Siemens digital badges provide young people with a way to develop STEM skills in and beyond the classroom. They are intended to recognise and reward young people for developing skills required for industry. Earning digital badges can support young peoples’ pathways from school to further and higher education and into jobs and careers. Digital badges also provide young people with the opportunity to interact directly with future employers, and build a digital CV and online credentials from an early age.
Participating in and completing badges will allow young people to further their understanding of STEM topics and technologies, as well as develop skills required to pursue a STEM career path.
The digital badge missions also provide young people with the opportunity to engage with Siemens as a potential employer, unlocking exclusive access to information and opportunities relating to future careers in STEM.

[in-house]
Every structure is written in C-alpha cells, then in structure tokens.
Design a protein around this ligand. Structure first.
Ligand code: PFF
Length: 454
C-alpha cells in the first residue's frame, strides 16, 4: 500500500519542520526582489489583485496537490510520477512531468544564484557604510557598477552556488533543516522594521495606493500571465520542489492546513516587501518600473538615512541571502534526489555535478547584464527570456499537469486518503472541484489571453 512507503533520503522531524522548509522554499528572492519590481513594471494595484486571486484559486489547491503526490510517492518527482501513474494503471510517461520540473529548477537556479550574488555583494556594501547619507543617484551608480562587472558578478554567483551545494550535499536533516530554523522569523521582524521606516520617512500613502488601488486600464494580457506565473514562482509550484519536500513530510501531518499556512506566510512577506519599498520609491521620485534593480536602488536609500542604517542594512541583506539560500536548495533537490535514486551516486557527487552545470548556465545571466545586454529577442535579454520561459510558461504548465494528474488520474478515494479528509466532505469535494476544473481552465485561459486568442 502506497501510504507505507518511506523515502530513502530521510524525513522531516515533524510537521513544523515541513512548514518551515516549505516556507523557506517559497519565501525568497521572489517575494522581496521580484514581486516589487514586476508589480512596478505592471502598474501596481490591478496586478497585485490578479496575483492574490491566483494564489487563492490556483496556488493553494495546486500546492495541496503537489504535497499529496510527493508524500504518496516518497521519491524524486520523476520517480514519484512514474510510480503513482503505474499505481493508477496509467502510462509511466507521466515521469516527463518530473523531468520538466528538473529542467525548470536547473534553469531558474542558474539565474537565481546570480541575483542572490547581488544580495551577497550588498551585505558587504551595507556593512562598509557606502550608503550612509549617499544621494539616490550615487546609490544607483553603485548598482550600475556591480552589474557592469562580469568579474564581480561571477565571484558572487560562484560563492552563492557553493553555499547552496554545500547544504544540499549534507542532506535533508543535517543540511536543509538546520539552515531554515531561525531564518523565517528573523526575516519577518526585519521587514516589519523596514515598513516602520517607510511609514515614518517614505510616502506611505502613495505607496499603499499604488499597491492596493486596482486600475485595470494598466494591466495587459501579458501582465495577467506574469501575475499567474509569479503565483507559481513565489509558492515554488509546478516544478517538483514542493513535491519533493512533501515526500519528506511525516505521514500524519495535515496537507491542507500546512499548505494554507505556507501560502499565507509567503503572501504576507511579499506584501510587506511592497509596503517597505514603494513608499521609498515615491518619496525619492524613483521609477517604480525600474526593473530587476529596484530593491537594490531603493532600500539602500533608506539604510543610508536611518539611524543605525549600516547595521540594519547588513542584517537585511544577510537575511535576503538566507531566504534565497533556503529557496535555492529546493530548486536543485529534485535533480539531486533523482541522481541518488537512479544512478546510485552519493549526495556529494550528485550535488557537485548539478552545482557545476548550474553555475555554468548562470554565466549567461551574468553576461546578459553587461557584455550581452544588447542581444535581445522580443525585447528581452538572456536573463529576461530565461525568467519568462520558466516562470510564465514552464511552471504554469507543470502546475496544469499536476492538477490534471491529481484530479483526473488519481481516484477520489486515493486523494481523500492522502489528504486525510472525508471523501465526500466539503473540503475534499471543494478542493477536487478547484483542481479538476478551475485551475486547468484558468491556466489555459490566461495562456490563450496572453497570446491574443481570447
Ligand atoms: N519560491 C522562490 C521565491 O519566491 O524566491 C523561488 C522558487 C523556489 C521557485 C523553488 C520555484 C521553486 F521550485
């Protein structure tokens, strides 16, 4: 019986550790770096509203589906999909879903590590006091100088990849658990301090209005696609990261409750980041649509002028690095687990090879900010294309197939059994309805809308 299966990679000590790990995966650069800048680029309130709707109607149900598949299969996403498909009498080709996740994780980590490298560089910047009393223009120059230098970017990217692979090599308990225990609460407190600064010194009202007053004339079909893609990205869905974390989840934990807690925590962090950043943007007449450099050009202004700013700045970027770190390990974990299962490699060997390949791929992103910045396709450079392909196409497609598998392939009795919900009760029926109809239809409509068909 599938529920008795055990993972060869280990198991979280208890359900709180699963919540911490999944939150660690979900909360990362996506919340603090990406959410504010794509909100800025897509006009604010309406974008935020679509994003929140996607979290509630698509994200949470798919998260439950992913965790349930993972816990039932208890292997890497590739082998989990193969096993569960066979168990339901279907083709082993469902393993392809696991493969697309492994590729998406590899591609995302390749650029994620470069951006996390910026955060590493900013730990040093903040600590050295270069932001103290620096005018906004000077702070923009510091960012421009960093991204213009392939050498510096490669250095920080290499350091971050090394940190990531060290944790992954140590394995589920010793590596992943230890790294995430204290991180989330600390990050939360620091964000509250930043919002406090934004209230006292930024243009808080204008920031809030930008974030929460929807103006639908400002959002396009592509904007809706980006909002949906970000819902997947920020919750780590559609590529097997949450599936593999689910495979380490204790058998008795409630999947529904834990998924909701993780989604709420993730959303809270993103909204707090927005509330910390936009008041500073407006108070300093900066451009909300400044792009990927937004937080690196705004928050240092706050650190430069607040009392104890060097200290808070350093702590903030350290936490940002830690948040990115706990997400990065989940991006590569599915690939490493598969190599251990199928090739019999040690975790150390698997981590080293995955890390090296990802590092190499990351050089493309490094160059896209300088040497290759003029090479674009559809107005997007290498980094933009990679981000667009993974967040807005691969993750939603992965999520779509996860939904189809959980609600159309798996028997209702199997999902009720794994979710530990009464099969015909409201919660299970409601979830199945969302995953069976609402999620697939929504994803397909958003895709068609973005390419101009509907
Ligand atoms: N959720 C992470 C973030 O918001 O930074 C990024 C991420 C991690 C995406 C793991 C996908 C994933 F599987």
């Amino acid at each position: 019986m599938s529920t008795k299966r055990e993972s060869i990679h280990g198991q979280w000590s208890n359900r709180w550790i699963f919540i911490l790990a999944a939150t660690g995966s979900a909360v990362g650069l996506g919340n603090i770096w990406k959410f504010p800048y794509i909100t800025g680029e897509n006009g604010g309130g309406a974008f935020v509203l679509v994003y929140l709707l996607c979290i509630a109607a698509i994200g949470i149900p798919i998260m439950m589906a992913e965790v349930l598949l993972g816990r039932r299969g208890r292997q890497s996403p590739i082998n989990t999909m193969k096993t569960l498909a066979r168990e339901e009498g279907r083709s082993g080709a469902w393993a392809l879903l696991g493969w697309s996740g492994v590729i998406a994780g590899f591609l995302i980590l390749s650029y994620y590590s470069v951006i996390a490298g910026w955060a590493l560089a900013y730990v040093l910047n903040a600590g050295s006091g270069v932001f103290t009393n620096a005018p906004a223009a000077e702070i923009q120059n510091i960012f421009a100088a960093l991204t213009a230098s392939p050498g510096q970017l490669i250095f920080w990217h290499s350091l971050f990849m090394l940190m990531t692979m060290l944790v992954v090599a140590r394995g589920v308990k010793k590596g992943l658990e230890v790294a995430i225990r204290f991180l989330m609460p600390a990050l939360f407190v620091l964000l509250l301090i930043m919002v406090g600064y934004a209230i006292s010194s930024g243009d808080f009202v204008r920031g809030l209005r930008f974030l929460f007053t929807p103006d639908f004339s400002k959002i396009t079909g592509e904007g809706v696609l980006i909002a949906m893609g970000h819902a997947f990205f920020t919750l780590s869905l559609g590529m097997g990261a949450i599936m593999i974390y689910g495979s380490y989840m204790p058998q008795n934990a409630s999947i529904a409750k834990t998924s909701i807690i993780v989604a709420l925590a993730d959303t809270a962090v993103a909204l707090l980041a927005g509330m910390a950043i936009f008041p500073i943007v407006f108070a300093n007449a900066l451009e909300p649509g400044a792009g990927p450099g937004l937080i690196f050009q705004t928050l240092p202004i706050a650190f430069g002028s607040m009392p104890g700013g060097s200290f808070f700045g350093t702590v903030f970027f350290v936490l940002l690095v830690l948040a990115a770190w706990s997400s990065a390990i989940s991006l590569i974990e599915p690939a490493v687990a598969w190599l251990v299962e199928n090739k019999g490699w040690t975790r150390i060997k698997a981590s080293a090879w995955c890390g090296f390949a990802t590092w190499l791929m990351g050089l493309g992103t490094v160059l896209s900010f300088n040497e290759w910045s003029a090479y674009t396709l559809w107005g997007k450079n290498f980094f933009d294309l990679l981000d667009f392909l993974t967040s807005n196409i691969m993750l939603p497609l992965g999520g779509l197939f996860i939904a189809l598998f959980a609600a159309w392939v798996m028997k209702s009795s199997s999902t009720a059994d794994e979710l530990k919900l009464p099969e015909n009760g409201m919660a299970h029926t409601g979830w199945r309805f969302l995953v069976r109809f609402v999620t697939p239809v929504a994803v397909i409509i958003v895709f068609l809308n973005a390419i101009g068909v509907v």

For teaching professionals, badges are a recognised pathway for STEM based CPD, enabling them to build on practical delivery to help bring to life the interplay between classroom learning and the world of work skills and employability.
Assessment criteria for the badge are set out in the badge missions in the 'how to complete the task' instructions. Evidence is reviewed by academy managers, and users will be awarded the badge after completing each of the required elements and uploading this as evidence for each badge task. The academy manager then reviews the evidence and, if it meets the assessment criteria, awards the badge.